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A sudden gust of wind rushed through the house, making the floorboards creak and squeak as if in fear, or pain.

Where is he? that booming, terrifying voice echoed inside David’s head, like a clap of a thousand thunders. Speak, human child.

“I don’t know. He locked himself into the kitchen, and I haven’t seen him since. I – I think I heard Dave scream?”

Stand back, little human, the voice rang out impossibly loud, as it hurled itself against the wooden door. He will know the fury of my wrath.

The door hinges screeched as they were torn apart, the unseen gale forcing its way through the narrow doorway. Chairs were overturned, teacups and jugs sent smashing to the floor as the table was tipped; the wind-like presence howled in rage as it poked into every nook and cranny, only to seemingly pause and address David once more.

The cupboard. You must know where he keeps the key.

“Please. I promised.”

The key. Now.

His hands shaking, he set about rummaging through the drawers, digging out an old biscuit tin, all dented and scraped. He prized the lid off and stared at the huge iron key, not quite daring to touch it just yet.

Don’t test my patience, kid. The cupboard door. Open it, now.

Still trembling, he slid the key into the keyhole, using both hands to turn it; he shot one last pleading look to where he reckoned the BGU was, hovering midair somewhere above him, then finally unbolted the door. Darkness, bottomless and impenetrable, greeted him from the other side of the door, lurking in wait like cold, merciless fog of made out of nothingness and despair.  

Stand back, the voice boomed, louder than ever before. A blast of raging wind blew past him, very nearly toppling him over, and disappeared though the cupboard door.

His heart in his mouth, David let a few more seconds slip by, barely even noticed the way his fingernails were digging into his palms. Then he jumped into action, swinging the door shut and bolting it, his fingers fumbling with the key before he eventually managed to turn it in the lock once more.

“Please, please let it work,” he muttered under his breath, pocketing the key and sprinting out of the kitchen, then up the stairs. He burst into Colin’s room, and the next moment he was shaking him awake, praying that they were going to make it on time, somehow.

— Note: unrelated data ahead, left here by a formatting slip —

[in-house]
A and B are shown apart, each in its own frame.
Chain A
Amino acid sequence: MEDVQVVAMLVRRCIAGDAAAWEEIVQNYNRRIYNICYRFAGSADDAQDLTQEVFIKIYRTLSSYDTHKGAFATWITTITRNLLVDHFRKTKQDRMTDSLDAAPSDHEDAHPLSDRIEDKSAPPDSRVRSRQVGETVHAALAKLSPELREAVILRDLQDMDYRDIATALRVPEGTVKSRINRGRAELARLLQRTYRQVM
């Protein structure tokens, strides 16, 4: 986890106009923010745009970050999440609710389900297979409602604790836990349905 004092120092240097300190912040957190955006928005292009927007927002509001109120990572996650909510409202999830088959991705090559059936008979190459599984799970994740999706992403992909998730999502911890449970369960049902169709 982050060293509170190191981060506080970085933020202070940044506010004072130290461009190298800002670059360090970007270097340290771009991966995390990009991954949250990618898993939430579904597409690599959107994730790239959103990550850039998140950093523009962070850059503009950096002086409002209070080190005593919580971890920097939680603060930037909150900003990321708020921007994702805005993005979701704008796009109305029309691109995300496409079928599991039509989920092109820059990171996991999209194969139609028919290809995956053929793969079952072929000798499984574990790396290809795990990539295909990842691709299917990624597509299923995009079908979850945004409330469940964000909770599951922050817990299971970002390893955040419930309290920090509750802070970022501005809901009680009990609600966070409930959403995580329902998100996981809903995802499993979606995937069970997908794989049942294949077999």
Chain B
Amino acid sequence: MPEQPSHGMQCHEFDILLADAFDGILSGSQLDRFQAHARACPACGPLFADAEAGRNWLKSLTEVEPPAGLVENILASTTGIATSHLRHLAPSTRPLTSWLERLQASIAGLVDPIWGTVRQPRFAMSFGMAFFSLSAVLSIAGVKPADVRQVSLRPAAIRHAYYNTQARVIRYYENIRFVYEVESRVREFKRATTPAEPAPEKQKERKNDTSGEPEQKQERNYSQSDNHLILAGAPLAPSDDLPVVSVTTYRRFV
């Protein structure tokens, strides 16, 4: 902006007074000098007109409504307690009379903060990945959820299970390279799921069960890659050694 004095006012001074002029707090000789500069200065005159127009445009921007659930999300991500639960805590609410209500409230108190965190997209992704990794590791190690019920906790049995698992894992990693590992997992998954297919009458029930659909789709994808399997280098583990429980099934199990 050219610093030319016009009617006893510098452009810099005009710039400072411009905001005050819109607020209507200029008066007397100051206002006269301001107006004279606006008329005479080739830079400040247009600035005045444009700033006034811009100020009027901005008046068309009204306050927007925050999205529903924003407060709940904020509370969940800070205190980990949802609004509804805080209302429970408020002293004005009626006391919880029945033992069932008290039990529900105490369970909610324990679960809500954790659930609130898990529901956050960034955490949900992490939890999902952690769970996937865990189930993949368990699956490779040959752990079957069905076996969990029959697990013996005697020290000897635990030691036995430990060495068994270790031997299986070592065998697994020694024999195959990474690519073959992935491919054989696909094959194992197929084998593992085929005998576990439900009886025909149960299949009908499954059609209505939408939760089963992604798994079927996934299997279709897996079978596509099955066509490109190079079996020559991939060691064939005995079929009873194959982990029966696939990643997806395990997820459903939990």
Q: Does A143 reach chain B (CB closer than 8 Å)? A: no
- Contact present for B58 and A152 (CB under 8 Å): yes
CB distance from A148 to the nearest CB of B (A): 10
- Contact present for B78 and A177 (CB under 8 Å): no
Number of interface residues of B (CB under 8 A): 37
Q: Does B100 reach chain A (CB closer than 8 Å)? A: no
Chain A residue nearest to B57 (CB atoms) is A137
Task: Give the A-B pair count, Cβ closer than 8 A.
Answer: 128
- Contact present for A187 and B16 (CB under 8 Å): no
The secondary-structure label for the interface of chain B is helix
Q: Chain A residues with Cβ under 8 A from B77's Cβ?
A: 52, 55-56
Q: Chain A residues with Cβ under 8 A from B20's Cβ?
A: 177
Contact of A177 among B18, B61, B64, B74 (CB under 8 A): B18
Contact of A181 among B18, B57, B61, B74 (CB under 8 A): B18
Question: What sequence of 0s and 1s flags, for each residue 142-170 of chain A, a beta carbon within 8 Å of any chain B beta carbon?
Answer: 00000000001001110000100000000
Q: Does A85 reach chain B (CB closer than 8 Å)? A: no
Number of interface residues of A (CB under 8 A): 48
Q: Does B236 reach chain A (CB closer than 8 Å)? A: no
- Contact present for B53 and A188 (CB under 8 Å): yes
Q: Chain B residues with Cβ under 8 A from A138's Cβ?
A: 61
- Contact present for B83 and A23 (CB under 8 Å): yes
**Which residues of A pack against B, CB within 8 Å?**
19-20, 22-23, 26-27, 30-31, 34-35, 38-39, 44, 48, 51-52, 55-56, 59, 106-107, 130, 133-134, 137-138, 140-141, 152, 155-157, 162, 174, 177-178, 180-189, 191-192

“David – what is it, kiddo? Has Dave managed to get into trouble, again?”

“It’s not – we have to go. Patrick is waiting for us on the other side of the Doorway, he’s taken all the kids with him.”

“He – what?”

“No time to explain. Let’s go.”

Taking Colin by the hand, he half dragged him towards the attic. They were sprinting up the final few steps when the first blow hit, making the entire house shake on its own foundations.

“Holy Shareholders,” Colin cried out, even as he helped David back to his feet. “What the hell is going on here?”

“We need to get Dave,” David all but ignored him, barging into their old room. “He wouldn’t go with Patrick, no matter how much I begged him to.”

The house shook under another blow, way stronger than the one before. “It’s gonna kill us all,” he heard Dave shriek from where he was hiding under his bed. “We’re all going to die.”

“Not if we get out of here first,” David urged him, holding out his hand for him to take. “Come on.”

Together, they headed to where the Doorway was already up and running, a swirling vortex whizzing at the centre of its frame. “I can’t believe it,” Colin uttered at length, part awed, part excited. “David, you didn’t.”

“I told you I would get you out of here,” David enunciated, matter-of-factly. “And now, I will.”

“Just so we’re clear, this is the proudest moment of my life,” Colin grinned, letting the two kids lead the way through the portal, and into whatever lay beyond.